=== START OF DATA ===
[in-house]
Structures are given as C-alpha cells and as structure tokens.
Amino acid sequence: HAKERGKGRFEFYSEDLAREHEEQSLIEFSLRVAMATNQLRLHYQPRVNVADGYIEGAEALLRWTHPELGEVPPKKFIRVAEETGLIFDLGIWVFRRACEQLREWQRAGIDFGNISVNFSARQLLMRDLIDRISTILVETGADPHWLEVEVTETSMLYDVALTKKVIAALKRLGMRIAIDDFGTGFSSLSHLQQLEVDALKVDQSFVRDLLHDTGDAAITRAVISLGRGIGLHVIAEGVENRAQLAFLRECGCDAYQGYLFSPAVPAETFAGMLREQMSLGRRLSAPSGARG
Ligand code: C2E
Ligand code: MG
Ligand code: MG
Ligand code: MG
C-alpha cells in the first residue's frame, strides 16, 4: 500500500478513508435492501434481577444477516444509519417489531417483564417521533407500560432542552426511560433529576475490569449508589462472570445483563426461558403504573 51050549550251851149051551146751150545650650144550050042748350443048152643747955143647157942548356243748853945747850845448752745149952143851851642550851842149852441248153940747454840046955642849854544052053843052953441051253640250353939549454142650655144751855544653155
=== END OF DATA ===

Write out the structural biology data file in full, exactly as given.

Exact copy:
[in-house]
Structures are given as C-alpha cells and as structure tokens.
Amino acid sequence: HAKERGKGRFEFYSEDLAREHEEQSLIEFSLRVAMATNQLRLHYQPRVNVADGYIEGAEALLRWTHPELGEVPPKKFIRVAEETGLIFDLGIWVFRRACEQLREWQRAGIDFGNISVNFSARQLLMRDLIDRISTILVETGADPHWLEVEVTETSMLYDVALTKKVIAALKRLGMRIAIDDFGTGFSSLSHLQQLEVDALKVDQSFVRDLLHDTGDAAITRAVISLGRGIGLHVIAEGVENRAQLAFLRECGCDAYQGYLFSPAVPAETFAGMLREQMSLGRRLSAPSGARG
Ligand code: C2E
Ligand code: MG
Ligand code: MG
Ligand code: MG
C-alpha cells in the first residue's frame, strides 16, 4: 500500500478513508435492501434481577444477516444509519417489531417483564417521533407500560432542552426511560433529576475490569449508589462472570445483563426461558403504573 51050549550251851149051551146751150545650650144550050042748350443048152643747955143647157942548356243748853945747850845448752745149952143851851642550851842149852441248153940747454840046955642849854544052053843052953441051253640250353939549454142650655144751855544653155